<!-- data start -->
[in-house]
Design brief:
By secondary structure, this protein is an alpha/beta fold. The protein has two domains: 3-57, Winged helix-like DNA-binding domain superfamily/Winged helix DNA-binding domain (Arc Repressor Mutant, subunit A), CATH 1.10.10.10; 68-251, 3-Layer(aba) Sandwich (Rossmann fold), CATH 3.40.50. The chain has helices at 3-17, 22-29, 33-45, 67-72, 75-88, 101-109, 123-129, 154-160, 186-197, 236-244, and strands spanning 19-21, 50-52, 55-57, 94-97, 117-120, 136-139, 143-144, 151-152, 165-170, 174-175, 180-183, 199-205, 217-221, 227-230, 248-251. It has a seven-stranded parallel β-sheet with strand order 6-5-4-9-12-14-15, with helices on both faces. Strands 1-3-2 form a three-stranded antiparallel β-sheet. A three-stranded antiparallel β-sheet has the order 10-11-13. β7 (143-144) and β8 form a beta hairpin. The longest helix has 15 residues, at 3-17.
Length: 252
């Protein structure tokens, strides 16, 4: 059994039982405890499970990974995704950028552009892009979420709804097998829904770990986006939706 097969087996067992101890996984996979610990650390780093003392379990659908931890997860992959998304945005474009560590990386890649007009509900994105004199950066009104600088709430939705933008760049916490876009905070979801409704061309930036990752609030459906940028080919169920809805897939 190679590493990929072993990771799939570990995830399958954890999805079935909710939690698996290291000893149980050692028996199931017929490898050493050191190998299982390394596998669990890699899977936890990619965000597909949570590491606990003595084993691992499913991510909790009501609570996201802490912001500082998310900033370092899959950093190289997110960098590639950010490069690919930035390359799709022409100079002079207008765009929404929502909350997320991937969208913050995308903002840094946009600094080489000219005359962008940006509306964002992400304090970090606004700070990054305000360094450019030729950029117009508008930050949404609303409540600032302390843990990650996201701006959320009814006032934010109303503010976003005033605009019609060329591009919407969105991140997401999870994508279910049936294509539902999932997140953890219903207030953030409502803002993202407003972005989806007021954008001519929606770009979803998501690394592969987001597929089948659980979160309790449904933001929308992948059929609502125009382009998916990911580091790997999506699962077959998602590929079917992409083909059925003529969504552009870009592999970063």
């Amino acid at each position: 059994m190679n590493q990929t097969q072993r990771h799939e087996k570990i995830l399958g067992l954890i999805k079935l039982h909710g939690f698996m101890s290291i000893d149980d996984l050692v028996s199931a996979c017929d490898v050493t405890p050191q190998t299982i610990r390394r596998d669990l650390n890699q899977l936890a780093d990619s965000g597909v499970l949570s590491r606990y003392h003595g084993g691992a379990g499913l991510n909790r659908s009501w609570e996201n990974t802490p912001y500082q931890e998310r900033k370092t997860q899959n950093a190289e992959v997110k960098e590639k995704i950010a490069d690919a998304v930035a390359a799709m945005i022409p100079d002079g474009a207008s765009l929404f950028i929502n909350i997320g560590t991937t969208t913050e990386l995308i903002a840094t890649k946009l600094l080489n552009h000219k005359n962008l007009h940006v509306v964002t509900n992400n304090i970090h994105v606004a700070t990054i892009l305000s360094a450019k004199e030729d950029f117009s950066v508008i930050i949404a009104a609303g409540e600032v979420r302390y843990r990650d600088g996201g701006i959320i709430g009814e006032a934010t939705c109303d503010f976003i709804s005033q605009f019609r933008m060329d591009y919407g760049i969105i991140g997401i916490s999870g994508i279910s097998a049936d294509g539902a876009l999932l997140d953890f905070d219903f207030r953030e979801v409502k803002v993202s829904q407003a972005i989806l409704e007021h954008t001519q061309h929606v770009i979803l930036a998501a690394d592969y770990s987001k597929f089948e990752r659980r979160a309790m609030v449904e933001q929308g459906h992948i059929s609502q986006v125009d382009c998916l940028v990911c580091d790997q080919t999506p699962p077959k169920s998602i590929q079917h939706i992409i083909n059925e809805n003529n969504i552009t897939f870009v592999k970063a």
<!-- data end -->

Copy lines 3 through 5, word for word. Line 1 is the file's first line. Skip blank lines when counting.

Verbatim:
By secondary structure, this protein is an alpha/beta fold. The protein has two domains: 3-57, Winged helix-like DNA-binding domain superfamily/Winged helix DNA-binding domain (Arc Repressor Mutant, subunit A), CATH 1.10.10.10; 68-251, 3-Layer(aba) Sandwich (Rossmann fold), CATH 3.40.50. The chain has helices at 3-17, 22-29, 33-45, 67-72, 75-88, 101-109, 123-129, 154-160, 186-197, 236-244, and strands spanning 19-21, 50-52, 55-57, 94-97, 117-120, 136-139, 143-144, 151-152, 165-170, 174-175, 180-183, 199-205, 217-221, 227-230, 248-251. It has a seven-stranded parallel β-sheet with strand order 6-5-4-9-12-14-15, with helices on both faces. Strands 1-3-2 form a three-stranded antiparallel β-sheet. A three-stranded antiparallel β-sheet has the order 10-11-13. β7 (143-144) and β8 form a beta hairpin. The longest helix has 15 residues, at 3-17.
Length: 252
């Protein structure tokens, strides 16, 4: 059994039982405890499970990974995704950028552009892009979420709804097998829904770990986006939706 097969087996067992101890996984996979610990650390780093003392379990659908931890997860992959998304945005474009560590990386890649007009509900994105004199950066009104600088709430939705933008760049916490876009905070979801409704061309930036990752609030459906940028080919169920809805897939 190679590493990929072993990771799939570990995830399958954890999805079935909710939690698996290291000893149980050692028996199931017929490898050493050191190998299982390394596998669990890699899977936890990619965000597909949570590491606990003595084993691992499913991510909790009501609570996201802490912001500082998310900033370092899959950093190289997110960098590639950010490069690919930035390359799709022409100079002079207008765009929404929502909350997320991937969208913050995308903002840094946009600094080489000219005359962008940006509306964002992400304090970090606004700070990054305000360094450019030729950029117009508008930050949404609303409540600032302390843990990650996201701006959320009814006032934010109303503010976003005033605009019609060329591009919407969105991140997401999870994508279910049936294509539902999932997140953890219903207030953030409502803002993202407003972005989806007021954008001519929606770009979803998501690394592969987001597929089948659980979160309790449904933001929308992948059929609502125009382009998916990911580091790997999506699962077959998602590929079917992409083909059925003529969504552009870009592999970063």